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I agree with the above (driver is always responsible) but have some other thoughts. I have wheeled with "new" wheelers a fair bit and often times they do not or are not willing to accept responsibility for their own actions. If I sense someone like that on a run, I will not spot for them. Likewise, I've had inexperienced folks spot for me which led to damage. I accepted the damage as my own. Likewise, if I think a spotter is not up to the task, I'll ask someone else to spot (DW for example).

Inexperienced wheelers tend to think that spotting is easy. Spectators tend to think they can yell useful advice when someone is being spotted. These are just two potential issues that drivers need to be weary of - once you have a group of folks that you wheel with on a regular basis, you can build trust.

Finally, there is nothing wrong with offering to pay for damage if you truly think you're responsible (but be careful, there are a ton of greedy and less-than-honest people out there). I assume damage to my vehicle and would never ask a spotter to pay for anything.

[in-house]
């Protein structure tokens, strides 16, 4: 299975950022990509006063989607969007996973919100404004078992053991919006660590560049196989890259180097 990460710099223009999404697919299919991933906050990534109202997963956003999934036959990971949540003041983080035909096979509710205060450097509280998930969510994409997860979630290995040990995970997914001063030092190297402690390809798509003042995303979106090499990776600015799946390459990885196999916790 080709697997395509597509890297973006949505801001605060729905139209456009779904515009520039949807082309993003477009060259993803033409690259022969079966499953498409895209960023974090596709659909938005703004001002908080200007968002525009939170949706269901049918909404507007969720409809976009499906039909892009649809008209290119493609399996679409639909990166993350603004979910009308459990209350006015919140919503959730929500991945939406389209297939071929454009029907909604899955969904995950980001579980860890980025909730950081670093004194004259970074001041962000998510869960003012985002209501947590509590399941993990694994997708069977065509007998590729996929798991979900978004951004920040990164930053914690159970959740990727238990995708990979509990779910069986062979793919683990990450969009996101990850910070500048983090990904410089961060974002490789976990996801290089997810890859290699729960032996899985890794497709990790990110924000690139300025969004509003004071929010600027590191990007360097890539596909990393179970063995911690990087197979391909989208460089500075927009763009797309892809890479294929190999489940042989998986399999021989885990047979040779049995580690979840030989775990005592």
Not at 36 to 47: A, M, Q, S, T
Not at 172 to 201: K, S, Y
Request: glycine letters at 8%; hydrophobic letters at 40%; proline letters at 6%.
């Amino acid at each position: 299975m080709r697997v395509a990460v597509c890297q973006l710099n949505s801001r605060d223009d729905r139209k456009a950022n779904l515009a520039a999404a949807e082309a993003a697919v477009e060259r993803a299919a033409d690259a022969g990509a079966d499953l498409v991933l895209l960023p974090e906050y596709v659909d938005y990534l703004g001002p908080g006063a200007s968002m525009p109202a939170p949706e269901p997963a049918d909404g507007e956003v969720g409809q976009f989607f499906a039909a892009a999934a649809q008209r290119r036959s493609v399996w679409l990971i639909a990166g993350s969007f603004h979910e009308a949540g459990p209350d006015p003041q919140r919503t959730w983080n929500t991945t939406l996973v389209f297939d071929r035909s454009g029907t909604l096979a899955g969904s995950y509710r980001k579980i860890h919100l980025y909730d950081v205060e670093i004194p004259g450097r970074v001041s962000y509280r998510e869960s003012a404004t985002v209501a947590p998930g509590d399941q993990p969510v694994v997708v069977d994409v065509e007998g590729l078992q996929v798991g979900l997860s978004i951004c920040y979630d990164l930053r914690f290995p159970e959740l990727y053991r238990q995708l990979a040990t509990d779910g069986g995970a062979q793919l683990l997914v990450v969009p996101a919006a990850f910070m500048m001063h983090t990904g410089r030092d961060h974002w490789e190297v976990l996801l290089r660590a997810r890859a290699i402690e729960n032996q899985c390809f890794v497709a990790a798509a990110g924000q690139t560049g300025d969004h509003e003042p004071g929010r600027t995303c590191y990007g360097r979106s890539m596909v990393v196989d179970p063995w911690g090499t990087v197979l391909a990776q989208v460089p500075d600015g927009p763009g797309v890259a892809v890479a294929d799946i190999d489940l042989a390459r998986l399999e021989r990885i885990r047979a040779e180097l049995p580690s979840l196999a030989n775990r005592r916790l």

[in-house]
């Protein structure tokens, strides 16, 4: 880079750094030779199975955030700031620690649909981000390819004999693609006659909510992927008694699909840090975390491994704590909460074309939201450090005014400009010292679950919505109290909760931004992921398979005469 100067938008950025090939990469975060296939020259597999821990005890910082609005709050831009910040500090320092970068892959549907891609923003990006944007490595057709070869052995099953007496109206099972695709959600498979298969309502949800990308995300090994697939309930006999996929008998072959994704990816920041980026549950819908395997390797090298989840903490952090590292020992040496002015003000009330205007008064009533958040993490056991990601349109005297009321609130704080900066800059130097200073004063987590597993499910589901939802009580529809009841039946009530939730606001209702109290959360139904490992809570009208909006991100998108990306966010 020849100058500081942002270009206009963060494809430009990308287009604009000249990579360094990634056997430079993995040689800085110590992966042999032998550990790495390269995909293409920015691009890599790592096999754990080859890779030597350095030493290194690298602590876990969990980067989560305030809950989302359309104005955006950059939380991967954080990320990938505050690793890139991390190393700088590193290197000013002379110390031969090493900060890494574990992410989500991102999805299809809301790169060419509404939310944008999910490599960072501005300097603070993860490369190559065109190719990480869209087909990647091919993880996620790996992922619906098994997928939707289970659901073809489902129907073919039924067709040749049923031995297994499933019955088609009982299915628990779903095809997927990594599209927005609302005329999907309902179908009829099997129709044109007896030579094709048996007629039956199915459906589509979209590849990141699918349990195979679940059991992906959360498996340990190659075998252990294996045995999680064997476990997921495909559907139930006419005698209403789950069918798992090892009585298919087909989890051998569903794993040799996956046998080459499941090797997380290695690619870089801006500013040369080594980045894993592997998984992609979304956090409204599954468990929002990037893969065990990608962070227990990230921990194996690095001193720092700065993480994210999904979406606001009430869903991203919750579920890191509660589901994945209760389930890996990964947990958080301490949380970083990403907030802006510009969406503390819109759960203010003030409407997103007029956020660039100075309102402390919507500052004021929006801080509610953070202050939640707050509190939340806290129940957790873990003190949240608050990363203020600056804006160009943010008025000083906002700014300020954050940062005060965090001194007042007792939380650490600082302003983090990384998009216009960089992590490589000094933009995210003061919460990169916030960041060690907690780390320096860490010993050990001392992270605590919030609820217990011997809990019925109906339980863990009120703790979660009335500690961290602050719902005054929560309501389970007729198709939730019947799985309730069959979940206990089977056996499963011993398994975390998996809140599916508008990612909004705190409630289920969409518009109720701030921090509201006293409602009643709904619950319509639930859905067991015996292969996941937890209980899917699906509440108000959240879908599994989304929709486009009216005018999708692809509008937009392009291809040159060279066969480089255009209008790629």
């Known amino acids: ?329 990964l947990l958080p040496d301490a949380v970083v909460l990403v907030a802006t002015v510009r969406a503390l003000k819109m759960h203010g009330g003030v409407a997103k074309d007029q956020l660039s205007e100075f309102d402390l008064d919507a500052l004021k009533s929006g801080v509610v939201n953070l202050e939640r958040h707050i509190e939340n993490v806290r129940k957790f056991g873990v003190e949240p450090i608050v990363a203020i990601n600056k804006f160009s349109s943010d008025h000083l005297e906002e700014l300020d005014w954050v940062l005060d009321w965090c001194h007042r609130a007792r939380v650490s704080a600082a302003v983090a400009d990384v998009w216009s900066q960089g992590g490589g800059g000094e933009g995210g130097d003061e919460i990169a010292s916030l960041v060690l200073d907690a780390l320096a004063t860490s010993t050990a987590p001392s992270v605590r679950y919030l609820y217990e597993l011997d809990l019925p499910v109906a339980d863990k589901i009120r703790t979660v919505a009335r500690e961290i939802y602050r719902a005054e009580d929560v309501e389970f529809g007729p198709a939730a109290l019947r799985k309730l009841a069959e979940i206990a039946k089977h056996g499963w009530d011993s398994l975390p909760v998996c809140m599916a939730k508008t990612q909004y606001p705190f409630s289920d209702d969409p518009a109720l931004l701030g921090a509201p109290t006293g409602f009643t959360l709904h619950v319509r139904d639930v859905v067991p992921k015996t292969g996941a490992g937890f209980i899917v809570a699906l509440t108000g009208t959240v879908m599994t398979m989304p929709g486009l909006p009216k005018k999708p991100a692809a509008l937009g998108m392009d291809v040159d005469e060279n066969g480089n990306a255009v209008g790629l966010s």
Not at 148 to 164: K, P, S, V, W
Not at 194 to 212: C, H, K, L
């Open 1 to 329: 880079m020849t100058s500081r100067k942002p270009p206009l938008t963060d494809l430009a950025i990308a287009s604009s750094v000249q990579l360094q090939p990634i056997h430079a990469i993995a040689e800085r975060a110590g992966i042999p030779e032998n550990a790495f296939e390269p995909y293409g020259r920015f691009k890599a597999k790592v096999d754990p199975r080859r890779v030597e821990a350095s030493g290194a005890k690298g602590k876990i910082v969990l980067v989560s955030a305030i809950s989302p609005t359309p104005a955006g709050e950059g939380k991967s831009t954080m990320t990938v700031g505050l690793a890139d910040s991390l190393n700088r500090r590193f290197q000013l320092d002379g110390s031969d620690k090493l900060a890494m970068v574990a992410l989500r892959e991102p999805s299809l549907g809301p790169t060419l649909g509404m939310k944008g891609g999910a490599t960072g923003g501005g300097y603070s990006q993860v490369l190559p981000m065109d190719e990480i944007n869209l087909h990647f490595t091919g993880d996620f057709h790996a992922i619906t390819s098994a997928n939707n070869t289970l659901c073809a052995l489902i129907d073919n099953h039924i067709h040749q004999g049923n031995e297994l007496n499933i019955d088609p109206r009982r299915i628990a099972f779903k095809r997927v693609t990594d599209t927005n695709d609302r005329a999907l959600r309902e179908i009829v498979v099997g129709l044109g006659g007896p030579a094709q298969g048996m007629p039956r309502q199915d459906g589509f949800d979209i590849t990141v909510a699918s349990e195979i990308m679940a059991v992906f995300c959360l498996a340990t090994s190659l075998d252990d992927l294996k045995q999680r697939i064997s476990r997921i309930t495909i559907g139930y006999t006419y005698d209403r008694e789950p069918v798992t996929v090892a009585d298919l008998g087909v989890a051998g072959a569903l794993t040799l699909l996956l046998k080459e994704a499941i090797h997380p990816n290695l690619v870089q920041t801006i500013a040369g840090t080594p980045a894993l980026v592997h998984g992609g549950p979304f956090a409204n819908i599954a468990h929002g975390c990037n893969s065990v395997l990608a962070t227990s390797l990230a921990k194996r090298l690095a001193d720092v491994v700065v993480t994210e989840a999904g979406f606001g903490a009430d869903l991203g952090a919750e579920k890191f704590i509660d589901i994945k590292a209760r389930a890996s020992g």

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Driver assumes damage.

When I get my wifey or some one new I don't trust them for the complicated stuff. I give the simple instruction to yell stop If I am going to hit something. Even at that the driver is still responsible.

Something that bothers me when on the trail or watching videos is that the biggest responsibility of a spotter should be to make sure the spectators stand back. Last year at EJS there was a lady hit by a Jeep. Not to debate who was at fault but many times I see people standing too close or in the line of fire of moving vehicles or even worse in the kill zone of a winch cable.
 

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I remember when a driver in our group looked at me for support to do Hell’s Gate. “That decision is all yours bro.” He did well.
 

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Everybody had great points to make, I'll add a few rambling thoughts.

An experienced spotter working with an experienced driver is a thing of beauty. An inexperienced spotter working with an experienced driver usually isn't a huge problem. There was a gal trying to spot me as I climbed up The Chute in St. George. This is a steep climb in a wedge and as I neared the top she was directing me to my left which I knew wasn't correct so I ignored her and completed the climb.